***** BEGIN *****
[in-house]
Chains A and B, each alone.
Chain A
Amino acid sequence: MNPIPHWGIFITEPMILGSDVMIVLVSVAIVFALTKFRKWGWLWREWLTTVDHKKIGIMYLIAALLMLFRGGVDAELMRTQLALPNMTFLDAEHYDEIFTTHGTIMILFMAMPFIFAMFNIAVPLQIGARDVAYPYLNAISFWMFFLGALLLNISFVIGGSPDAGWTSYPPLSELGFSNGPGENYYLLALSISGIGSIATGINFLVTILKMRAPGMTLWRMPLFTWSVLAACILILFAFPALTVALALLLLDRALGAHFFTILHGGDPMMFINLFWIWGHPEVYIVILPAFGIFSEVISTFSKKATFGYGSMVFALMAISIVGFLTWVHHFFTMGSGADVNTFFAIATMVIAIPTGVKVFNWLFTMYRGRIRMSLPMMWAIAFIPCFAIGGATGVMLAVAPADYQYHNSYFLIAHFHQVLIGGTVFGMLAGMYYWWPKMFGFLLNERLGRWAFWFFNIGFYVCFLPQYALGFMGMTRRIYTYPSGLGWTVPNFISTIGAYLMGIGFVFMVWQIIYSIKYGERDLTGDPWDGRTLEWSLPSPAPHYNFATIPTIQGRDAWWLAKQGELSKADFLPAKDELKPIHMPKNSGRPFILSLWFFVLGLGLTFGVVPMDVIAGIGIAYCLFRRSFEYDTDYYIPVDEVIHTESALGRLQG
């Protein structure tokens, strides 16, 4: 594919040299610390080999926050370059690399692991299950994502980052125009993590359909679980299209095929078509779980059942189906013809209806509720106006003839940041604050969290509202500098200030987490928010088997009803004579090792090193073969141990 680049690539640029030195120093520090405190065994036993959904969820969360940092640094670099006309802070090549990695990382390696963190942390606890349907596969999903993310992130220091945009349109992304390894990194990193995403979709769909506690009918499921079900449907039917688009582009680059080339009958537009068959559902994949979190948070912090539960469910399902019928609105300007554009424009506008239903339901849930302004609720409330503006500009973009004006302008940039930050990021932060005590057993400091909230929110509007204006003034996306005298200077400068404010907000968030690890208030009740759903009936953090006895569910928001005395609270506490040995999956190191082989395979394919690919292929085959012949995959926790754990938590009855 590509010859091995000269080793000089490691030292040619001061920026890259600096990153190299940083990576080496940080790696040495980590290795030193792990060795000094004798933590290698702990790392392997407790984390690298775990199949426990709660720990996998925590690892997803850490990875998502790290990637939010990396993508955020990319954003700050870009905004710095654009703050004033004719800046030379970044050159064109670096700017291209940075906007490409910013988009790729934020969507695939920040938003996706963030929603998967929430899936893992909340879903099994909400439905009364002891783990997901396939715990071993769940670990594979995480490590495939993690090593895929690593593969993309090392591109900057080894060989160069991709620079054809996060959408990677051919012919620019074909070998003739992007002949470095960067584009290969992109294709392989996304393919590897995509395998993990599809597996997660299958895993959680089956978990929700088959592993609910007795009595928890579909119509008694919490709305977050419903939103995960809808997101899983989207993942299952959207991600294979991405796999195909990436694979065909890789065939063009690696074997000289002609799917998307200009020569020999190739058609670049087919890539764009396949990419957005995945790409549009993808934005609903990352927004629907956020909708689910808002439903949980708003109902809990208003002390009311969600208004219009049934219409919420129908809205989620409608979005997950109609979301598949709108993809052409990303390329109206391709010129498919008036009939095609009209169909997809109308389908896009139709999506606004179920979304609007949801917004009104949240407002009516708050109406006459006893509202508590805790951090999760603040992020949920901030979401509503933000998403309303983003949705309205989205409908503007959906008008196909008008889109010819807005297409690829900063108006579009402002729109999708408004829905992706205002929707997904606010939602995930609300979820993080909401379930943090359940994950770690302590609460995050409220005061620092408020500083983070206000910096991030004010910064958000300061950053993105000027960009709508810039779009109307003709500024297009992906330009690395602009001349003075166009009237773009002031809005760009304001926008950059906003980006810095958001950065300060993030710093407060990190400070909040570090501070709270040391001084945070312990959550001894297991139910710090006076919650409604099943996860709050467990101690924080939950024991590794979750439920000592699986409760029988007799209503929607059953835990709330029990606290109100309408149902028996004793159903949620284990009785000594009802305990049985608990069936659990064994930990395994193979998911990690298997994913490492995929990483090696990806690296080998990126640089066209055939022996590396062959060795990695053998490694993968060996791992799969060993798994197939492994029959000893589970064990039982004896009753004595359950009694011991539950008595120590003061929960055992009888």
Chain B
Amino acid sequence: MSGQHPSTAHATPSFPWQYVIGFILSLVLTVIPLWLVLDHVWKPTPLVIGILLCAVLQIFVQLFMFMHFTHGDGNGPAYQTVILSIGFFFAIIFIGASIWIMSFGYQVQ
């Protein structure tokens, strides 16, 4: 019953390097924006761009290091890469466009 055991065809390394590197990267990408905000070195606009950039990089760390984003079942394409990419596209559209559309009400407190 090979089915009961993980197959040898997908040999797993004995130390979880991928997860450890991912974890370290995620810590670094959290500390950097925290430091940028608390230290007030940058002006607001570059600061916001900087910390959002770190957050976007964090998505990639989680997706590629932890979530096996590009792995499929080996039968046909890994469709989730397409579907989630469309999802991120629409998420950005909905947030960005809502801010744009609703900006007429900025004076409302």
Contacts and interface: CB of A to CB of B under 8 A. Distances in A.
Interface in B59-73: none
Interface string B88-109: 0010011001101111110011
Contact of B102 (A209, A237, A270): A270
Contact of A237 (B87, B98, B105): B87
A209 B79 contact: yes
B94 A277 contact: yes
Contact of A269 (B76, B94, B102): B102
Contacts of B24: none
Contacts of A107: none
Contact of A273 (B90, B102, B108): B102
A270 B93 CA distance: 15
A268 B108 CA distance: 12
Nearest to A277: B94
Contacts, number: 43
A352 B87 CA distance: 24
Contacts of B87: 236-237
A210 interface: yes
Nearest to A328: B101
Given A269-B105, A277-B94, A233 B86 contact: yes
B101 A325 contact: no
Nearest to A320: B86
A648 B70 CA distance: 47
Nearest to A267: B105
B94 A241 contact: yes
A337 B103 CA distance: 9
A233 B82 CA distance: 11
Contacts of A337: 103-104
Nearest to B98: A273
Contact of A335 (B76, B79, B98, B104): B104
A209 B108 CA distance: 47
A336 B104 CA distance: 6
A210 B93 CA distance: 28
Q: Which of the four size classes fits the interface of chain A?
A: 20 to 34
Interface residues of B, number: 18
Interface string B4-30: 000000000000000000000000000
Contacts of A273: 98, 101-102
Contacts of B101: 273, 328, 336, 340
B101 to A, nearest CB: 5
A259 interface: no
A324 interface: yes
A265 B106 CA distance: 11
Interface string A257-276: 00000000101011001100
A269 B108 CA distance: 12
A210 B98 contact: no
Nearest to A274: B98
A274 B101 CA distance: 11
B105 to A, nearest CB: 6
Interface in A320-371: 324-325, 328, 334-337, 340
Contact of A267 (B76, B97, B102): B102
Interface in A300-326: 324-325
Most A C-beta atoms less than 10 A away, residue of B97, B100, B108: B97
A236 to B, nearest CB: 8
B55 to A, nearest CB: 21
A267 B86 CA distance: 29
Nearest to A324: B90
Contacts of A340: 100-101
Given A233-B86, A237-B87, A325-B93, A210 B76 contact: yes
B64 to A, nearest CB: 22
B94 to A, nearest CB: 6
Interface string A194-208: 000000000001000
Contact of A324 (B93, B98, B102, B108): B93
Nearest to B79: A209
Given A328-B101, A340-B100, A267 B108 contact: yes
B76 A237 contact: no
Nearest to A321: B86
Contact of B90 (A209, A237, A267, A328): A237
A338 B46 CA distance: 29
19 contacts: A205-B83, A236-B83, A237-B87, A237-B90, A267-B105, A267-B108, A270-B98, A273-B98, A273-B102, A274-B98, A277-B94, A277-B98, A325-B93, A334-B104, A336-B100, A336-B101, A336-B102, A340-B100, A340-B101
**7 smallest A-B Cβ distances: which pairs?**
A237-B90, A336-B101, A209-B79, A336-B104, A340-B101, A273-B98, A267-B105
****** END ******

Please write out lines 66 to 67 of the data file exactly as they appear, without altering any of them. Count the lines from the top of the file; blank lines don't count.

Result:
Contacts of A340: 100-101
Given A233-B86, A237-B87, A325-B93, A210 B76 contact: yes